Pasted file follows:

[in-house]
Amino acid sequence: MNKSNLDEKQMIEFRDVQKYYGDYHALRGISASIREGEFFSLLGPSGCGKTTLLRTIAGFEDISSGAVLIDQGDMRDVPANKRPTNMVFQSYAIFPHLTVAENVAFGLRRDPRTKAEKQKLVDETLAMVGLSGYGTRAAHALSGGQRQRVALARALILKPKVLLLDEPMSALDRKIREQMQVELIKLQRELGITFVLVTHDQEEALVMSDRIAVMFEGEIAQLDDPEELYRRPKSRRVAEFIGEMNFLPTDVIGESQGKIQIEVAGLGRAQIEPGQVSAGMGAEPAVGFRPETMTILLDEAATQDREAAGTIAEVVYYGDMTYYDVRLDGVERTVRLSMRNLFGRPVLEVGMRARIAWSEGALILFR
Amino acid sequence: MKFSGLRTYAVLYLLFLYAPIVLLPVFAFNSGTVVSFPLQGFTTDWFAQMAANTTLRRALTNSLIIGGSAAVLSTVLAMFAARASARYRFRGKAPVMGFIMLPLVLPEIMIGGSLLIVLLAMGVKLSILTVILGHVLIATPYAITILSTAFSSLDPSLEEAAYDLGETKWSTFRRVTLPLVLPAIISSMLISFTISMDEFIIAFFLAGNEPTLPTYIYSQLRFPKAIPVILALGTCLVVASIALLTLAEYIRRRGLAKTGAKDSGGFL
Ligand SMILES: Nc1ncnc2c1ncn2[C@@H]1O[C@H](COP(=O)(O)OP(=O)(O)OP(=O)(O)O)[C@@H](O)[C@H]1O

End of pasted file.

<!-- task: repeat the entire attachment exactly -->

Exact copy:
[in-house]
Amino acid sequence: MNKSNLDEKQMIEFRDVQKYYGDYHALRGISASIREGEFFSLLGPSGCGKTTLLRTIAGFEDISSGAVLIDQGDMRDVPANKRPTNMVFQSYAIFPHLTVAENVAFGLRRDPRTKAEKQKLVDETLAMVGLSGYGTRAAHALSGGQRQRVALARALILKPKVLLLDEPMSALDRKIREQMQVELIKLQRELGITFVLVTHDQEEALVMSDRIAVMFEGEIAQLDDPEELYRRPKSRRVAEFIGEMNFLPTDVIGESQGKIQIEVAGLGRAQIEPGQVSAGMGAEPAVGFRPETMTILLDEAATQDREAAGTIAEVVYYGDMTYYDVRLDGVERTVRLSMRNLFGRPVLEVGMRARIAWSEGALILFR
Amino acid sequence: MKFSGLRTYAVLYLLFLYAPIVLLPVFAFNSGTVVSFPLQGFTTDWFAQMAANTTLRRALTNSLIIGGSAAVLSTVLAMFAARASARYRFRGKAPVMGFIMLPLVLPEIMIGGSLLIVLLAMGVKLSILTVILGHVLIATPYAITILSTAFSSLDPSLEEAAYDLGETKWSTFRRVTLPLVLPAIISSMLISFTISMDEFIIAFFLAGNEPTLPTYIYSQLRFPKAIPVILALGTCLVVASIALLTLAEYIRRRGLAKTGAKDSGGFL
Ligand SMILES: Nc1ncnc2c1ncn2[C@@H]1O[C@H](COP(=O)(O)OP(=O)(O)OP(=O)(O)O)[C@@H](O)[C@H]1O